[erlang-questions] Building, Packaging and Installing

Tim Watson <>
Tue May 8 11:49:19 CEST 2012


On 8 May 2012 08:43, Tobias Schlager <> wrote:
> I know that this is not a very popular opinion but to me it sounds like what you're looking for is pretty close to what maven delivers:

We used maven and the maven-erlang-plugin for a long time in my
previous job - it worked very well.

> * binary-based packaging

I think for a package or dependency manager, this is a given -
otherwise you're reinventing too many other things at once. Unlike
maven, I think what we want here is either a package manager or
(simpler) a dependency manager - not another build tool.

> * well-defined dependency management (handling version conflicts)
> * (open source) repository managers (e.g. sonatype nexus)

Eric Merrit and I have tabled a design that uses git, so you can host
your personal/organisational repository on github and consumers simply
add your repository to their local index.

> * group id concept (could be used to avoid clashes when forking github projects)

Yes we very much need this to support multiple forks of the same
application name.

> * support for continuous integration (e.g. jenkins)

To my mind, this is a corollary theme and not central to this
discussion, but yes, clearly people want this.

> * a manifest file (pom.xml)

Sure, and you and I both know that almost nobody on this list is going
to settle for xml. There is a maven extension that supports defining
the pom using scala/grooxy instead, but again, I doubt it'll get much
love here.

> * built-in support for documentation and reporting

No - this is the build tool's responsibility and AFAICT that is *not*
what we're talking about here.

> * support for code/package signing
>

Yes very much so, especially to get around a problem that maven
doesn't actually solve particularly well. When Project-X is available
in source only form and not built of packaged in a way that the tool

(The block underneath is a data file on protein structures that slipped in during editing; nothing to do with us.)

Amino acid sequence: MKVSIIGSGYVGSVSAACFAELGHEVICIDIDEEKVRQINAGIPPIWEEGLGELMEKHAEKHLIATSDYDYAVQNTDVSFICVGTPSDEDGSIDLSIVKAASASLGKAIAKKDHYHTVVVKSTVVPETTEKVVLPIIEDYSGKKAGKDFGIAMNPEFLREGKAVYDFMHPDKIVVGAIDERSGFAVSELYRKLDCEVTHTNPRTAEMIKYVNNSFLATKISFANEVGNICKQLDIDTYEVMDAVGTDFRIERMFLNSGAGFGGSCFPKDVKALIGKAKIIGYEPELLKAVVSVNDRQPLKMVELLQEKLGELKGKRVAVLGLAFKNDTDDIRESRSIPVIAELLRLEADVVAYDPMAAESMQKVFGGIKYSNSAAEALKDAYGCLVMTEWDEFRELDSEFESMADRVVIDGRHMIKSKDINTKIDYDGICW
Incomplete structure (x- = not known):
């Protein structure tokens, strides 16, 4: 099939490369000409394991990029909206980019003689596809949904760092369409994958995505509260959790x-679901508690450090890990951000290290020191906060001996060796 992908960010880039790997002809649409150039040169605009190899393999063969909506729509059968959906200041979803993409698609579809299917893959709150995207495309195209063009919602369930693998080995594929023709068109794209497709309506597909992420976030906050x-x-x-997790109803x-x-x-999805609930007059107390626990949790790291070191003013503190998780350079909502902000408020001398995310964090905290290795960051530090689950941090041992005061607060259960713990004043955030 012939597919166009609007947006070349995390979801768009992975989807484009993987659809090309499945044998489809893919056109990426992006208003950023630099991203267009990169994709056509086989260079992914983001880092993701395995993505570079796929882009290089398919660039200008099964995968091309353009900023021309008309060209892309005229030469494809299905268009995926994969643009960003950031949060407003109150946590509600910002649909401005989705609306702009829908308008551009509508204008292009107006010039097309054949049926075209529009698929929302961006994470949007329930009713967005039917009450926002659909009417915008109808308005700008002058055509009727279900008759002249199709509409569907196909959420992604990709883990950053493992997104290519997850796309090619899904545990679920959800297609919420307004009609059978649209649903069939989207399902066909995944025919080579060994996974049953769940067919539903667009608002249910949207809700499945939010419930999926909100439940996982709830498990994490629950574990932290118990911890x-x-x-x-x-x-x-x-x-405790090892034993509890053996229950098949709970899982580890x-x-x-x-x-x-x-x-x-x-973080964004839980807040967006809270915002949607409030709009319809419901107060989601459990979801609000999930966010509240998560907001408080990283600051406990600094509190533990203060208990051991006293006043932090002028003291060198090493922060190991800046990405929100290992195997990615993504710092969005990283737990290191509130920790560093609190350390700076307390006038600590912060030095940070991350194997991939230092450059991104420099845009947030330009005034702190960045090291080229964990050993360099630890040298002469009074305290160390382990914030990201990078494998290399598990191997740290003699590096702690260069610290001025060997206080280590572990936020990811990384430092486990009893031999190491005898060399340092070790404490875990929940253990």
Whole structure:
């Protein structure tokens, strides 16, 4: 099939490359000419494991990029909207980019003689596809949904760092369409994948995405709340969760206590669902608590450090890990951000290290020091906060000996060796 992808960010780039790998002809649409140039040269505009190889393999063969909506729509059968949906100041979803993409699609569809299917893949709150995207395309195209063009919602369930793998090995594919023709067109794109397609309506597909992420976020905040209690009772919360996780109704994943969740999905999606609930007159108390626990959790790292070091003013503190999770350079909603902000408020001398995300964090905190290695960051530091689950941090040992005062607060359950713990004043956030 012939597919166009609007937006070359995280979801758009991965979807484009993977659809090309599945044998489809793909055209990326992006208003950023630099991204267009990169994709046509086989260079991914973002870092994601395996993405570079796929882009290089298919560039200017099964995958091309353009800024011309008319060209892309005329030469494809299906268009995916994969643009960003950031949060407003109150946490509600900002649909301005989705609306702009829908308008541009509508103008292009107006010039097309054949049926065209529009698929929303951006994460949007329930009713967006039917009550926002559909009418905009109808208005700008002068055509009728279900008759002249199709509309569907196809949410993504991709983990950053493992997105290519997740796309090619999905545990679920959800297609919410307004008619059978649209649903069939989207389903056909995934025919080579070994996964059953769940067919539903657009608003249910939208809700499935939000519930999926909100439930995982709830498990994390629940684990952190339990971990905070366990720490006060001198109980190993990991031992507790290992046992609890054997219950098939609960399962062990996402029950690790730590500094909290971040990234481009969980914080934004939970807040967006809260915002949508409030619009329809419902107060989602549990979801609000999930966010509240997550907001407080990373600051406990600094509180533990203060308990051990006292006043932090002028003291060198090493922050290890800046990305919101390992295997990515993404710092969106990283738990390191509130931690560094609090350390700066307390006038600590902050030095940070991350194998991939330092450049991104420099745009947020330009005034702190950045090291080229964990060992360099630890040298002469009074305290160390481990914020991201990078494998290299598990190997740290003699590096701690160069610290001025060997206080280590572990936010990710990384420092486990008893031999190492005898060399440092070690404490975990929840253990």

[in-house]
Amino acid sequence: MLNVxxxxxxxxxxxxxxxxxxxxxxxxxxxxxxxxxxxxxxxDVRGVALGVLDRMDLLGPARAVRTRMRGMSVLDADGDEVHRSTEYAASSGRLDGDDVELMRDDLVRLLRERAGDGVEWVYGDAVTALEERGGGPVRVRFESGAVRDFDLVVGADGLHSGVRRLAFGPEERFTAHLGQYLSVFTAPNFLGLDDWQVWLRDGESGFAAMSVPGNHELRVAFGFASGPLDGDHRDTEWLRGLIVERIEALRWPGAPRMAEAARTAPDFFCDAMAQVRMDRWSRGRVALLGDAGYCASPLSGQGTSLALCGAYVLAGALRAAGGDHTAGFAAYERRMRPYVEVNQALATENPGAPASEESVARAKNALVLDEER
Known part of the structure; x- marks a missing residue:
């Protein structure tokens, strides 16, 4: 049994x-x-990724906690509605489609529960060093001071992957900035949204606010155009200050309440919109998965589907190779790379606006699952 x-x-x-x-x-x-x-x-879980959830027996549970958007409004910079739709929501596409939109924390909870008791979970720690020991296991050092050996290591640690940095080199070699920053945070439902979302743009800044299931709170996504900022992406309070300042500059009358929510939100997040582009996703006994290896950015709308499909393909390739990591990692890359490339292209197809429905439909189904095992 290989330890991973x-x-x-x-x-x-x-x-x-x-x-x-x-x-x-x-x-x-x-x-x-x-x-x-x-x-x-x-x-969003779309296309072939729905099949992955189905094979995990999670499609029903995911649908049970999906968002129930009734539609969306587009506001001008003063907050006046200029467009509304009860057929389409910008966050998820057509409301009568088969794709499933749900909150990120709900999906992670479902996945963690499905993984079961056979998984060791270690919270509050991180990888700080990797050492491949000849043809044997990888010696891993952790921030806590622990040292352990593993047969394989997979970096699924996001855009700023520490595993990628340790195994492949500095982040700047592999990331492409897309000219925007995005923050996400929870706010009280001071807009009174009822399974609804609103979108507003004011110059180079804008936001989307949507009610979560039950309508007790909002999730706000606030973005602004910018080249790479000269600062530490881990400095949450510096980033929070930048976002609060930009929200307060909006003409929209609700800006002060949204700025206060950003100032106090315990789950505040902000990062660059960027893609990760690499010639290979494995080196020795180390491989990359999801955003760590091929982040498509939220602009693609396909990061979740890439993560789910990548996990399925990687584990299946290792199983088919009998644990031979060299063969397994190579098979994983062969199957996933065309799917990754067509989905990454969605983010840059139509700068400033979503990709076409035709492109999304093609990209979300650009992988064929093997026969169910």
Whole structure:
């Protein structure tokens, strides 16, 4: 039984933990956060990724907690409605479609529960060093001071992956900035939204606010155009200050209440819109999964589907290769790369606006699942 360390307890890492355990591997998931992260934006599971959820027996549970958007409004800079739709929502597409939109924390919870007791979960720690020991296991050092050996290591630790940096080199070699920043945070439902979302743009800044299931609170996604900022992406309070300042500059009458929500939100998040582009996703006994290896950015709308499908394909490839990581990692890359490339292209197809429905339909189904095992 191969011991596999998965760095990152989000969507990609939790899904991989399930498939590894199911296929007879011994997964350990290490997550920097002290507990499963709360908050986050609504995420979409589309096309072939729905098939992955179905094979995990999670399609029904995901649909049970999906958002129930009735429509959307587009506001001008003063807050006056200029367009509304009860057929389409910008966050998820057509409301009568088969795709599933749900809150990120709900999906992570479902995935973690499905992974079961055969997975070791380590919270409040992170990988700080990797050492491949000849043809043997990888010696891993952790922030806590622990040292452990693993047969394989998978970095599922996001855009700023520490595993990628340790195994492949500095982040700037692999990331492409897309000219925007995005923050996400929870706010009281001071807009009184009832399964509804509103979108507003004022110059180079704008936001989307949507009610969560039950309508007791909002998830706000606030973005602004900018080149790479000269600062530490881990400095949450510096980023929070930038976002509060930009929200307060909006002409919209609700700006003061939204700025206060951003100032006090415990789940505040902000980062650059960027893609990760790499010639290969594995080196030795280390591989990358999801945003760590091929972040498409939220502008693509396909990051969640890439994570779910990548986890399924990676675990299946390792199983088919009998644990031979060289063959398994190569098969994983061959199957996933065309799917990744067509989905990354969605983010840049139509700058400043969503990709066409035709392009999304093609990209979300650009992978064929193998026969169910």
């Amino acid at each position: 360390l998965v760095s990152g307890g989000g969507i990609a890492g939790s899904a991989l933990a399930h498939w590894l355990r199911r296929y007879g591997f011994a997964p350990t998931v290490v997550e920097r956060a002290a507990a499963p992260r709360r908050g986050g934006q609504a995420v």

understands, what do we do???

In the maven world, you build it locally and do `mvn deploy:file ...`
to put it into your local repository and perhaps push it into a
corporate/group nexus instance. But there is *no indication of the
original of this file* when you do that, so trust is difficult to
establish.

What I'd like to see is support for a kind of 'third party signing'
where you build + package the missing app yourself, sign it with your
own private key and publish it into your own repository, which gets
synchronised back onto github. Eventually someone else *might* decide
they want to use it, and if they cannot persuade the original author
to publish his own binary artefact repository (for whatever reason)
then they may choose to either package and sign it themselves, OR to
utilize the version that you have packaged and signed, because the
know and trust you.

I would, for example, consider using a published artefact that has
been signed by basho or esl, because I trust them not to publish
garbage or malicious code, given that doing so would implicitly damage
their corporate reputation.

> Of course there are certain drawbacks like:
> * not written in erlang (its written in java)

I suspect this is why it'll not see much traction in the community at large.

> * requires a certain amount of (static) xml configuration

As I mentioned earlier, there are alternatives.

> * poor support for building native code

Actually the C/C++ build plugins for maven are pretty good, but I'm
not sure how capable the maven-erlang-plugin is at doing this. Perhaps
the author could chime in and let us know?

> * slower than other tools
>

It's about the same speed as most of the make based projects I've
seen. Rebar is MUCH faster though!

> Currently, everyone is hot to re-implement all this in erlang and that's perfectly ok, I just wanted to throw in another point of view.
>

Another thing I'd like to point at at this juncture is that there is a
difference between a package manager and a dependency manager. A very
important point here is that a package manager will allow you to
install AND uninstall software, whereas a dependency manager will
fetch artefacts and solve dependency graphs in order for you to
utilise them, but nothing more.

The other thing I want to point out is that with binary artefacts, you
need to be able to install them once and use them across multiple
(compatible) erts versions, which is something Eric and I have
discussed at some length on the erlware-questions mailing list.



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